Not sure if Clint Eastwood is the man who came up with the phrase ‘Analysis Paralysis’, but it’s
worth a read of this article to understand why I say, to over analyze a script may not help you much in the end, other than look very clever, but still not get into the role.
My training with the Impulse Theatre, really pushed the boat out on this ‘sacred cow’ of acting – analysing a script. I don’t. I now have a very simple exercise where I answer certain questions that centre around the facts of the script and then react to my fellow actor. It’s incredibly simple and incredibly effective. This works for singers as much as for actors.
I’m constantly saying to my students – keep it simple. Sometimes, I fear as a performer, that keeping things simple equates to being boring or not engaging enough. Simplicity is one of the hardest things to find sometimes for performers, as we want to be big and really connect, but having a ‘jazz hands’ moment of bigness doesn’t necessarily help me to connect with anyone, other than possibly my own ego or my hands! Not really what I find directors are looking for.
I find analysis, after the fact, is great, as it feeds my intellect, which demands a lot of attention, so I often will feed it with that understanding once I’ve started a run, rather than before. My experience has led to new discoveries because I’m not bound too much by ‘greatly prepared’ analysis of a song or play or whatever. I just let the words speak for themselves through me, rather than have the whole thing planned out.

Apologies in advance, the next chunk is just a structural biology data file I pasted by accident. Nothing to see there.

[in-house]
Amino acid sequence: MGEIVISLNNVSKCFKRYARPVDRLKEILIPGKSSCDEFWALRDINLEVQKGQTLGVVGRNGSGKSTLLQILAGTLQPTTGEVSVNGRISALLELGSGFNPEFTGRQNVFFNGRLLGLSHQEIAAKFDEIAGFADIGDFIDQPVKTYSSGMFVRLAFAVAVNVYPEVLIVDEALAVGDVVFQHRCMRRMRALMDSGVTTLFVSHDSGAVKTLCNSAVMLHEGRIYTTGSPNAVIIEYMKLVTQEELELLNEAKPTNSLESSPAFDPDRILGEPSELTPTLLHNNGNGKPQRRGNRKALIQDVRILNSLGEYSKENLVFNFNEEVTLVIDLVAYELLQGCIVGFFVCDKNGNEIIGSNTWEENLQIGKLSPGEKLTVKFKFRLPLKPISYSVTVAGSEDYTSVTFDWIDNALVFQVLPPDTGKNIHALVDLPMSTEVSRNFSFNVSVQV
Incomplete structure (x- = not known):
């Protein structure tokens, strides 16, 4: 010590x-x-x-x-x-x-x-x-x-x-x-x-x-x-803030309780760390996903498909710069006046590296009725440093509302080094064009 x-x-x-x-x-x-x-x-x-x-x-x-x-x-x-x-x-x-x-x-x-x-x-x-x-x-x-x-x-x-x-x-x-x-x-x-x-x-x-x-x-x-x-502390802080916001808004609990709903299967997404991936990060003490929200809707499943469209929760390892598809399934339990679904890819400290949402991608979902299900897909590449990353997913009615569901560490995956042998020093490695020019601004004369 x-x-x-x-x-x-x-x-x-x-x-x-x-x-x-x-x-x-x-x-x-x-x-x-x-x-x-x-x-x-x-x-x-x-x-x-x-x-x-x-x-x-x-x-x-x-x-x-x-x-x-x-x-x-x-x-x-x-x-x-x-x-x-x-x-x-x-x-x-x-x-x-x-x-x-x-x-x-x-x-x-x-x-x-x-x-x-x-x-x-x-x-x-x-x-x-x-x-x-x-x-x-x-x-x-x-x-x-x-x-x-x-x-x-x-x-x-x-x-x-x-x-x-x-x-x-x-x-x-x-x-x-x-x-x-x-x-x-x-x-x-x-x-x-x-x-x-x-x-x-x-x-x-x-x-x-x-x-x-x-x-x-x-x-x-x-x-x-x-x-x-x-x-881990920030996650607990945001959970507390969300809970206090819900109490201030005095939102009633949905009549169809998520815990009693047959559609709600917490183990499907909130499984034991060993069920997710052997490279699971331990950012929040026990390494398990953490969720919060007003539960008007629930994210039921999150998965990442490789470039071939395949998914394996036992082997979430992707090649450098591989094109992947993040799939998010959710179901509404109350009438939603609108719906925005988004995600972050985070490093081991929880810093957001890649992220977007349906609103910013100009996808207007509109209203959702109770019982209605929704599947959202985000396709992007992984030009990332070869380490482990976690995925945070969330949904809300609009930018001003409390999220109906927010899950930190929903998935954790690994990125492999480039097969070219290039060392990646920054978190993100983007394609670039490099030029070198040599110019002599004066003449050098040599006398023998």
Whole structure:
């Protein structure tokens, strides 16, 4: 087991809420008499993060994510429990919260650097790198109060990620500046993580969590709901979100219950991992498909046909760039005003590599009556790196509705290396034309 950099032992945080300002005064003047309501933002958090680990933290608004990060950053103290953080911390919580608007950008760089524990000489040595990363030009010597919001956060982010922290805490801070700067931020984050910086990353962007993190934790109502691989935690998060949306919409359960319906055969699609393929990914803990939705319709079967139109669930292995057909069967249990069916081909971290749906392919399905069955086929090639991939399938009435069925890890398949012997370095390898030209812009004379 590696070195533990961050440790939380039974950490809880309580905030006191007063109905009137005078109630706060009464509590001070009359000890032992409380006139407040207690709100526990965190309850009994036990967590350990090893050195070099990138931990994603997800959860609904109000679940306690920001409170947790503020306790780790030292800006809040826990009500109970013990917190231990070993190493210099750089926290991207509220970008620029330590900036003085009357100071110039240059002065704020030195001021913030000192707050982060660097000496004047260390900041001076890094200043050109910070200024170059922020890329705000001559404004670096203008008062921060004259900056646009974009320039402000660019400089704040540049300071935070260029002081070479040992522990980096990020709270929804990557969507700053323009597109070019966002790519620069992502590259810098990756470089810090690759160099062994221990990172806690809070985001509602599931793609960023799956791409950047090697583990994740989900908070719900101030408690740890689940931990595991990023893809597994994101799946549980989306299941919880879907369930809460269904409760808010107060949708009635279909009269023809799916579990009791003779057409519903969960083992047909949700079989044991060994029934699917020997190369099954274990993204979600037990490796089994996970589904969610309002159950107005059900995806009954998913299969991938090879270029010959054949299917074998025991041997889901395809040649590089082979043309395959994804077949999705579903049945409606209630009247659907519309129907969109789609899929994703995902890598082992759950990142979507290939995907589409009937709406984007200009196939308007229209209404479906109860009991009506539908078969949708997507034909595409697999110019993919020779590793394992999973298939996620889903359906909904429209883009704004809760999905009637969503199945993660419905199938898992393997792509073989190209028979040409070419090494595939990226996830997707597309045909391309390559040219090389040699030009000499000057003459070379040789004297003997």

The other problem with having it all planned out before, is it doesn’t allow me to live in the moment, as often happens in life, things go wrong or very right, if I just stick to what I’ve made sure will happen, then I miss the gift of what is happening now or seeing what I may need to do to make adjustments. This approach to my work I’ve found it risky, exciting and frightening because I just don’t know what will happen next, but who needs a roller coaster when I can just get up on stage night after night and ride the unknown of that evening’s performance, like it’s the first time for everything.
Don’t get me wrong, this doesn’t mean I improvise my way through every night, I do what the director(s) asks of me, but I don’t go out there over thinking it. I just trust/know I will do what I need to do when I need to do it and I’ll get the lines as near perfect as possible. I’m not there to make it harder by ‘winging’ it with my lines, queues or staging for my director(s) or actor(s).
This to me is the wonderful achievement that Sanford Meisner talks a lot about of living truthfully in imaginary of circumstances.
If you’d like to read more on this, check out page 77, at the bottom of this excerpt from a book on acting.
I believe there are many roads to Rome, so I believe that my way is not the way for all people, so what do you do to help you find that truthfulness in your work? Comments welcome below:
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